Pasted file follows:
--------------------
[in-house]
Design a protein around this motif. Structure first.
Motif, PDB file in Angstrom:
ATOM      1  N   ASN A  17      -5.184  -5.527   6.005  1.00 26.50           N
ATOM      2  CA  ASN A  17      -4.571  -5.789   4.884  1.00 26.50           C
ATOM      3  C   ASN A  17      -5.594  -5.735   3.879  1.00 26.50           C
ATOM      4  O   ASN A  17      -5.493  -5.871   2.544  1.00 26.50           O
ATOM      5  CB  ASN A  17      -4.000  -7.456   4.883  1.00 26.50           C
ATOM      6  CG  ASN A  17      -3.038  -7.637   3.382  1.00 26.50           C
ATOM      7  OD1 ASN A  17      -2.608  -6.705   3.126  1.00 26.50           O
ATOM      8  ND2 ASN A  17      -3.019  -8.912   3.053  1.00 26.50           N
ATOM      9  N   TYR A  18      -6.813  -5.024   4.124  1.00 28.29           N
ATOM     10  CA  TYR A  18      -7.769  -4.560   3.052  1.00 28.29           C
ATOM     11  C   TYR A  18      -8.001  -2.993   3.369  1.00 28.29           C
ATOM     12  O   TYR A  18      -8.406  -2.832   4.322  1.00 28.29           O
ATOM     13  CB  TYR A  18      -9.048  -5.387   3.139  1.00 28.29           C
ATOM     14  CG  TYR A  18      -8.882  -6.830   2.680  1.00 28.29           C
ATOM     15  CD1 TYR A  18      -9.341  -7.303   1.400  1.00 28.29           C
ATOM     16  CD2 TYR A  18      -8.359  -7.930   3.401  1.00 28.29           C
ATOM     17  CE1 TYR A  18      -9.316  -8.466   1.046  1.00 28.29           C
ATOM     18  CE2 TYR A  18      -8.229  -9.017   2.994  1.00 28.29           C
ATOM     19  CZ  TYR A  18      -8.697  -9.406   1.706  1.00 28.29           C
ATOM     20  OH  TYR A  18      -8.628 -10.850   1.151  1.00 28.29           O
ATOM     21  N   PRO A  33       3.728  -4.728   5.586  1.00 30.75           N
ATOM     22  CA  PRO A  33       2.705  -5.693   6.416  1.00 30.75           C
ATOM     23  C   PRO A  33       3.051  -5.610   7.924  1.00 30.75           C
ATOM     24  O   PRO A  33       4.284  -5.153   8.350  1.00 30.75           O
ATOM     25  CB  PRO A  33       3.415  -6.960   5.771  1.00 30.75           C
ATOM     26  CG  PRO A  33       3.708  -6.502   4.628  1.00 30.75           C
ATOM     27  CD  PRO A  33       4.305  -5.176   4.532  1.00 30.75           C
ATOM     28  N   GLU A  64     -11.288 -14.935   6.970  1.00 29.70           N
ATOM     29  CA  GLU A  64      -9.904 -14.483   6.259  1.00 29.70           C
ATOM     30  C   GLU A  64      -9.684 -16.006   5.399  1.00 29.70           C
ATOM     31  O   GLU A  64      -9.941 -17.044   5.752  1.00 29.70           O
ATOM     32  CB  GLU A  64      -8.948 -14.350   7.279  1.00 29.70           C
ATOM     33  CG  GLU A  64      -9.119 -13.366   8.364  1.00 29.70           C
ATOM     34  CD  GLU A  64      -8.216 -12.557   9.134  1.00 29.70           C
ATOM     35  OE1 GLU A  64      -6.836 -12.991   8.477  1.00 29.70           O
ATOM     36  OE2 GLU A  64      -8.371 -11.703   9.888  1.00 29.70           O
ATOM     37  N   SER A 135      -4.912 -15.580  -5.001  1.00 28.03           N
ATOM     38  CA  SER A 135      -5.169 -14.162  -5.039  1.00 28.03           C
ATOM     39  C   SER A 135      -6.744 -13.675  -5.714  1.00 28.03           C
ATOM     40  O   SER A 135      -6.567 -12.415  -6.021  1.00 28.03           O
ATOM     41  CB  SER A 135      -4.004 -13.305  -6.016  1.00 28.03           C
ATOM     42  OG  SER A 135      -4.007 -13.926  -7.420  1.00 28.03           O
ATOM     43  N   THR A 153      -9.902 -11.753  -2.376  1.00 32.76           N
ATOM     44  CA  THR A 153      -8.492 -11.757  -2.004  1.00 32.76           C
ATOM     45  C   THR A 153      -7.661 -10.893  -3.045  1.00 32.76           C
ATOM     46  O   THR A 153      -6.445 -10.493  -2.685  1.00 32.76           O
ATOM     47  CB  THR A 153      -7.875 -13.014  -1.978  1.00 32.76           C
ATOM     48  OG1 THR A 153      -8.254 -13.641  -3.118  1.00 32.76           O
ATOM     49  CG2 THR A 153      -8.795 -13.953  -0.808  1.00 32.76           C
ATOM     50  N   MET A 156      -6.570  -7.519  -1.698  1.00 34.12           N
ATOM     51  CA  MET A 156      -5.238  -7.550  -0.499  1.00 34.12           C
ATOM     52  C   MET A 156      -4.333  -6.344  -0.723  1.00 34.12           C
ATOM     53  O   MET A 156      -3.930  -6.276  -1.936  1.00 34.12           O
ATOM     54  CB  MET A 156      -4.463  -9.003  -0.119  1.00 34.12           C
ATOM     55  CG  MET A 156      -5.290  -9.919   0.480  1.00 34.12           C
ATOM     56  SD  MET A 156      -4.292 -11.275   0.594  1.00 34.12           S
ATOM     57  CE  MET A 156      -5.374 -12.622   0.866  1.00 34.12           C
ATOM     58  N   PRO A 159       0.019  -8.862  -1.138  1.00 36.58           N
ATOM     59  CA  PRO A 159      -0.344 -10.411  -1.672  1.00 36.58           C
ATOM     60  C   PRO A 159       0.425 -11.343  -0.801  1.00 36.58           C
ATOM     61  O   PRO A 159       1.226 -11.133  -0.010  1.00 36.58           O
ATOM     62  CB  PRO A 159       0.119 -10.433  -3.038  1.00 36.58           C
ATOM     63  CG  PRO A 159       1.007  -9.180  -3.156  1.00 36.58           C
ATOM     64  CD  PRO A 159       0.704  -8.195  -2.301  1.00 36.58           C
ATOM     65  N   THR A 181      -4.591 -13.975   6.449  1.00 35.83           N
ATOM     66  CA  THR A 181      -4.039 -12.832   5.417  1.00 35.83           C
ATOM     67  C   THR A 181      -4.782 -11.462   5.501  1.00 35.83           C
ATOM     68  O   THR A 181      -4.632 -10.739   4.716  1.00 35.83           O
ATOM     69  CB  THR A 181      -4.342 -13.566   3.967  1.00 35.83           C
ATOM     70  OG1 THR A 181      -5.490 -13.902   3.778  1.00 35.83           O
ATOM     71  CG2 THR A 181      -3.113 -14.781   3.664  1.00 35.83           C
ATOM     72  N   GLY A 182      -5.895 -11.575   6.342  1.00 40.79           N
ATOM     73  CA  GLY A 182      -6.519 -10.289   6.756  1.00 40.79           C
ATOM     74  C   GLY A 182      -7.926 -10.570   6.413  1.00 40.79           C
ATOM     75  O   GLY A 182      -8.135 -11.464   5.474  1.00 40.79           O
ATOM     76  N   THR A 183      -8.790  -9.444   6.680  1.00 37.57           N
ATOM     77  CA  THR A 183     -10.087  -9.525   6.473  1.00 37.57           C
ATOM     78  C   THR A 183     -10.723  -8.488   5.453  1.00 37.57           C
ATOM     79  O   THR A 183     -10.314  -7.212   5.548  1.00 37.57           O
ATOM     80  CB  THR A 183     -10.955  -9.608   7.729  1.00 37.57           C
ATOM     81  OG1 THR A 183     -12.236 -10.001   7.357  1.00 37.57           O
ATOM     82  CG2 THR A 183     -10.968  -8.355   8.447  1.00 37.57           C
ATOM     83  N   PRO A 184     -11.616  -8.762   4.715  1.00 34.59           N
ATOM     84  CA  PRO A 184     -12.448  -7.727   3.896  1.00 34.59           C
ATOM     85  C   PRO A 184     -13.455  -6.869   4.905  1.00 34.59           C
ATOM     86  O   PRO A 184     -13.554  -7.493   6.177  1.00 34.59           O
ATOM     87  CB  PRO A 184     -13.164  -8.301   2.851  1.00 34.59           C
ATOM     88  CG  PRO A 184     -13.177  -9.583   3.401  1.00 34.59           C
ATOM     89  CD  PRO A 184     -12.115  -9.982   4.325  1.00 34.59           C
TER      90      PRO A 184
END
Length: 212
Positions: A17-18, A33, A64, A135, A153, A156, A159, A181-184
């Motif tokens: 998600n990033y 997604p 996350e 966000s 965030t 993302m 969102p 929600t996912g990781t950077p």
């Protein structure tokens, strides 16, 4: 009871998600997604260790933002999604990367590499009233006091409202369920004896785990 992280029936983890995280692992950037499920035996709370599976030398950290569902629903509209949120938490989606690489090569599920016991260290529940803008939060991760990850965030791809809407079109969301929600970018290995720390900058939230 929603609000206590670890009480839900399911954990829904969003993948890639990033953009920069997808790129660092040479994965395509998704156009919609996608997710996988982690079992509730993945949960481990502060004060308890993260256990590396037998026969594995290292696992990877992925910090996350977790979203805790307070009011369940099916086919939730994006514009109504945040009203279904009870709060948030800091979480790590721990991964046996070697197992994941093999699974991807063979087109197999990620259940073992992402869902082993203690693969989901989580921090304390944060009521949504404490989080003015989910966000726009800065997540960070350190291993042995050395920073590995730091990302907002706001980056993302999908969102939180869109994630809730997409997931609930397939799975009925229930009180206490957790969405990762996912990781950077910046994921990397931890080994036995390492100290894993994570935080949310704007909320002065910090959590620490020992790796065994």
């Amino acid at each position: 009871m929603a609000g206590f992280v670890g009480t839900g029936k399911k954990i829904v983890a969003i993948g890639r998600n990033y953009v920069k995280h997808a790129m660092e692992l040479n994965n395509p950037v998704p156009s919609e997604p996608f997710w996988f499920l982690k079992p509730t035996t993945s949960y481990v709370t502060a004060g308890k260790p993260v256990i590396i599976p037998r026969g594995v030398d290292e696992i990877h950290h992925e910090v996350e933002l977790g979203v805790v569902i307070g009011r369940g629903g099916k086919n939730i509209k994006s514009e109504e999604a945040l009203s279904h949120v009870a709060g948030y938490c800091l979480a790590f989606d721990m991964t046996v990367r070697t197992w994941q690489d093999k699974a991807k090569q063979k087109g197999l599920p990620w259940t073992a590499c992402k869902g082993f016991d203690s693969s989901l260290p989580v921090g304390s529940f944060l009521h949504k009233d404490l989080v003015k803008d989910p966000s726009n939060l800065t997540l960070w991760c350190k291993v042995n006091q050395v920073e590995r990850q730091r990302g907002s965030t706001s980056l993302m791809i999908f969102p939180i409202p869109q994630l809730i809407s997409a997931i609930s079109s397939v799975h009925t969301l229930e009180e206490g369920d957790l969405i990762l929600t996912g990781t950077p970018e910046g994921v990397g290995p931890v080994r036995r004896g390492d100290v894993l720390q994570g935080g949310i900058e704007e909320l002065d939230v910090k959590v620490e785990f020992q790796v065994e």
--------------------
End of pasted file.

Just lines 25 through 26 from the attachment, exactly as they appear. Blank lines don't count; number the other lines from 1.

ATOM     22  CA  PRO A  33       2.705  -5.693   6.416  1.00 30.75           C
ATOM     23  C   PRO A  33       3.051  -5.610   7.924  1.00 30.75           C